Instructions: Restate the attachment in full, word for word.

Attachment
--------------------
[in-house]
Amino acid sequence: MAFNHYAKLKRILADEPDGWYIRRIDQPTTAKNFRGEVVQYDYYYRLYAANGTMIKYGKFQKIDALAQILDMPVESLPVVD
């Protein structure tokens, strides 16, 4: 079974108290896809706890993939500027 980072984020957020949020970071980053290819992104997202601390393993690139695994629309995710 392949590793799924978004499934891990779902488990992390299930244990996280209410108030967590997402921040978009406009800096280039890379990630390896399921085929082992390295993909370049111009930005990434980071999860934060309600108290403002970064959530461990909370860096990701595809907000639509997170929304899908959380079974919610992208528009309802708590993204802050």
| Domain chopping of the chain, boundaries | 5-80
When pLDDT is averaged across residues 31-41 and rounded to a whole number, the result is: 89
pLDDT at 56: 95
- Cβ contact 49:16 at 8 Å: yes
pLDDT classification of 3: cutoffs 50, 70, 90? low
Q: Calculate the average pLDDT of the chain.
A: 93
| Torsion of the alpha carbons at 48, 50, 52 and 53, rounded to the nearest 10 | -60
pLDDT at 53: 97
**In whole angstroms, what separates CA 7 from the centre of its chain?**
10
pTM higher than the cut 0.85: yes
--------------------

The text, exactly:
[in-house]
Amino acid sequence: MAFNHYAKLKRILADEPDGWYIRRIDQPTTAKNFRGEVVQYDYYYRLYAANGTMIKYGKFQKIDALAQILDMPVESLPVVD
């Protein structure tokens, strides 16, 4: 079974108290896809706890993939500027 980072984020957020949020970071980053290819992104997202601390393993690139695994629309995710 392949590793799924978004499934891990779902488990992390299930244990996280209410108030967590997402921040978009406009800096280039890379990630390896399921085929082992390295993909370049111009930005990434980071999860934060309600108290403002970064959530461990909370860096990701595809907000639509997170929304899908959380079974919610992208528009309802708590993204802050």
| Domain chopping of the chain, boundaries | 5-80
When pLDDT is averaged across residues 31-41 and rounded to a whole number, the result is: 89
pLDDT at 56: 95
- Cβ contact 49:16 at 8 Å: yes
pLDDT classification of 3: cutoffs 50, 70, 90? low
Q: Calculate the average pLDDT of the chain.
A: 93
| Torsion of the alpha carbons at 48, 50, 52 and 53, rounded to the nearest 10 | -60
pLDDT at 53: 97
**In whole angstroms, what separates CA 7 from the centre of its chain?**
10
pTM higher than the cut 0.85: yes